Lessons in Living Together
I'm by no means an expert on living with someone you're in a relationship with. Luke and I have only been living together for three and a half months after all. This is the first time either of us have lived with someone we're in a relationship with. We're rookies! Still, we've learned a few things in the last few months, so I figured I'd share.
o n e | Communication is Key | The biggest cliche right off the bat! But it's so incredibly true. Everyone knows that communication is key in any type of relationship, whether it's professional, platonic, or romantic. The thing is, this is a relationship that's both roommate-centric and relationship-centric and conversations need to be had for both arenas. You need to communicate expectations around who does the dishes and how to celebrate your next anniversary. (More to come on that.) We try to do a daily Check-In with each other over dinner. In that, you own your emotions because it's okay to feel what your feeling. It really gives us an opportunity to bring each other into our individual lives, talk about our days, and identify where our feelings are coming from.
t w o | Set Clear Expectations | Like I said, there are a few areas in which expectations need to be set. I think expectations really come down to having respect for the person you're in a relationship with and what his/her needs are. Luke and I have been working through a book called Saving Your Marriage Before It Starts, so before we moved in together, we had already talked about how we would divide up household chores. I don't know that it's stopped any arguments that we would have otherwise had, but I do know that we don't argue about who's responsibility it was to take out the trash or why the laundry hasn't been done in days. I read an article once that had something to do with failing relationships and the guy said that the dishes ended up being the demise of his marriage. His wife expected dishes to be done straight away while he didn't mind if something soaked in the sink overnight. His realization was that ultimately he was disrespecting her and doing his relationship a disservice by choosing to ignore something that was important to her. Establishing a rule of thumb straight away will help minimize future problems. When I first moved, we set a rough schedule for our evenings like when we would eat dinner and when might be a sensible time to go to bed. That's not to say that we life on a strict schedule by any means, but instead of wondering every day what time we can have dinner, we only have to chat about it when it's the exception. We've also set up expectations about how we'll deal with conflict and, again, how to communicate our feelings. I'm especially not perfect at this, but it challenges me to break out of my passive aggressive habits and talk calmly (ideally) about anything that might be bothering me, regardless of how or if it relates to Luke or our relationship. And of course another big one is space. Luke worked from home a lot this summer and while it was great, we both still needed some to ourselves and we had to be clear about that and respect when the other needed space, even if it was different from when we personally needed space. You just have to ask for the space you need. Some people want a few quiet moments when they get home from work, while some people immediately want to catch up and engage with each other. It's all okay, it just needs to be respected.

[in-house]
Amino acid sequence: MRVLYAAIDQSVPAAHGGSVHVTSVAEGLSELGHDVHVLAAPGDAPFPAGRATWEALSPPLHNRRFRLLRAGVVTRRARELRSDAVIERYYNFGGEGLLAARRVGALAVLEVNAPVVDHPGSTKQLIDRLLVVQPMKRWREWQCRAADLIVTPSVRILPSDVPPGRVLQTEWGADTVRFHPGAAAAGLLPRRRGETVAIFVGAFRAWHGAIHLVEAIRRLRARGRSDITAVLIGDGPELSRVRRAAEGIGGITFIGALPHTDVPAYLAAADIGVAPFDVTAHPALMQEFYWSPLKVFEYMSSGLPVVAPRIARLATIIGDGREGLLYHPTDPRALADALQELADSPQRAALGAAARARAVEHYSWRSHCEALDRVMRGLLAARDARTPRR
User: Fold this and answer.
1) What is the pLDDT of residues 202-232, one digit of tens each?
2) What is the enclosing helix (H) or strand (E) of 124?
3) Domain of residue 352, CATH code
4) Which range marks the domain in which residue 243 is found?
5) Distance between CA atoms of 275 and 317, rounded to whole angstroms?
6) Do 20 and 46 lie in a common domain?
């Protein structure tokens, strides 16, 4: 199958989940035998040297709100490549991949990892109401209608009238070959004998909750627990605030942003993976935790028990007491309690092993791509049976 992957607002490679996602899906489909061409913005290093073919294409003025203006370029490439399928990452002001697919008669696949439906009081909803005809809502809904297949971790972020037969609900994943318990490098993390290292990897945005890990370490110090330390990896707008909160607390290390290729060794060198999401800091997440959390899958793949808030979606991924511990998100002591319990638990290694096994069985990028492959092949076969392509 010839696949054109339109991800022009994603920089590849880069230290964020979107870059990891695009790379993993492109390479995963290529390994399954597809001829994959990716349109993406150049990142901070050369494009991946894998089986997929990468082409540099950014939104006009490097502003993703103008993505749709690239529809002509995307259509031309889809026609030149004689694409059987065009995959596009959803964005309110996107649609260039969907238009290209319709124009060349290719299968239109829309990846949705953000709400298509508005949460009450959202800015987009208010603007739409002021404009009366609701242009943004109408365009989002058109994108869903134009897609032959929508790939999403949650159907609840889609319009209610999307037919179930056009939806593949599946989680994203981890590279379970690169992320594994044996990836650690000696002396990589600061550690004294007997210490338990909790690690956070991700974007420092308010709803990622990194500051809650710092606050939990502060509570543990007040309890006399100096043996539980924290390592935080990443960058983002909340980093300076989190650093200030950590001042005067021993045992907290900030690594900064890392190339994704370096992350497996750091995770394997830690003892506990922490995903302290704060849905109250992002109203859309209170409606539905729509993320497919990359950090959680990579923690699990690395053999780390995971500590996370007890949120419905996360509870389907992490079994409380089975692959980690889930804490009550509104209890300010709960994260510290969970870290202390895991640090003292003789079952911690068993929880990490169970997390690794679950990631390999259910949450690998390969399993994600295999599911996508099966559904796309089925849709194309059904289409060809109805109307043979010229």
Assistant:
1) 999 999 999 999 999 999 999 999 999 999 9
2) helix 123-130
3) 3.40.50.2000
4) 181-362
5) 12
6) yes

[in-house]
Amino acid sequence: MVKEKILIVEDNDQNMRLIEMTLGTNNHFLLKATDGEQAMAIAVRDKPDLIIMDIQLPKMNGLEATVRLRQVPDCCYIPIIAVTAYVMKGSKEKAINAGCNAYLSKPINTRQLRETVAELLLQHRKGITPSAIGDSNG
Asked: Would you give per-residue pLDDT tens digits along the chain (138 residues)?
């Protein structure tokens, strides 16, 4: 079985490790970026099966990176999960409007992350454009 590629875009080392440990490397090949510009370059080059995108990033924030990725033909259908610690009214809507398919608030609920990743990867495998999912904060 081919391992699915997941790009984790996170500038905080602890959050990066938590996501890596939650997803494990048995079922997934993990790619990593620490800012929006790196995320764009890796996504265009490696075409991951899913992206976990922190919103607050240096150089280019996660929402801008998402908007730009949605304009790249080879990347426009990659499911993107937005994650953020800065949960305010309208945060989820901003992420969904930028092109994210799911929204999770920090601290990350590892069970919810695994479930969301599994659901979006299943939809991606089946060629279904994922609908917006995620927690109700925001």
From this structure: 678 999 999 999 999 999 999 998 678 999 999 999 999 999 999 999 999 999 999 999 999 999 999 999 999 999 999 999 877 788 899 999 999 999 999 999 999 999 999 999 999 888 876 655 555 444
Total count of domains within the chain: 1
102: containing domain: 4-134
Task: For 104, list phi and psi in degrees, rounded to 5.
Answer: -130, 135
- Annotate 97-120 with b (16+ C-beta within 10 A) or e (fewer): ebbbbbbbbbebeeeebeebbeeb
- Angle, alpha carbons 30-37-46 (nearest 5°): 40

t h r e e | Spend Quality Time Together | It's really easy to fall into a habit of flipping on Netflix in the evenings, watching TV through dinner, and spending the whole night on the couch, disengaged and probably on our phones. I know we're not the only ones who have fallen into that trap and I've read a few things about what some couples are doing to combat that toxic routine. Whether it's getting rid of the TV, limiting it to one or two episodes of your show per night, working out together, going for walks, whatever it is, it just has to work for you as a couple. For example, at this point, it's not likely that we're going to completely dump the TV or rid the house of Netflix. We certainly need to work on this aspect, but little things like having dinner at the table or playing a game in the evening gives us an opportunity to connect every day and engage with each other face-to-face. Luke also pointed out that we both try to make a point of doing little things for each other throughout the week. Things like having a cup of tea ready when Luke gets home from work or Luke bringing home fresh flowers from the grocery store. While those things aren't necessarily quality time spent, they're things that push us out of autopilot when we're just going through the motions. It give us a chance to show are appreciation for one another and reminds us hey, I really like this person and that's why I'm with him/her!
I know that living together before marriage isn't the best route for everyone to take. But I also know that having a one-size-fits-all approach to it doesn't work either. We're unique individuals in a unique relationship and, after lengthy conversations, we did what was best for us in our current situation. We did what's best for us and would encourage all couples to do the same. Whether that's moving in after the third date or moving in after your wedding. (Though logic says the former probably isn't your best option if you're aiming for relationship longevity.) Everyone has their own set of values and certainly will have their own thoughts on the topic, but it ultimately comes down to what two people decide to do.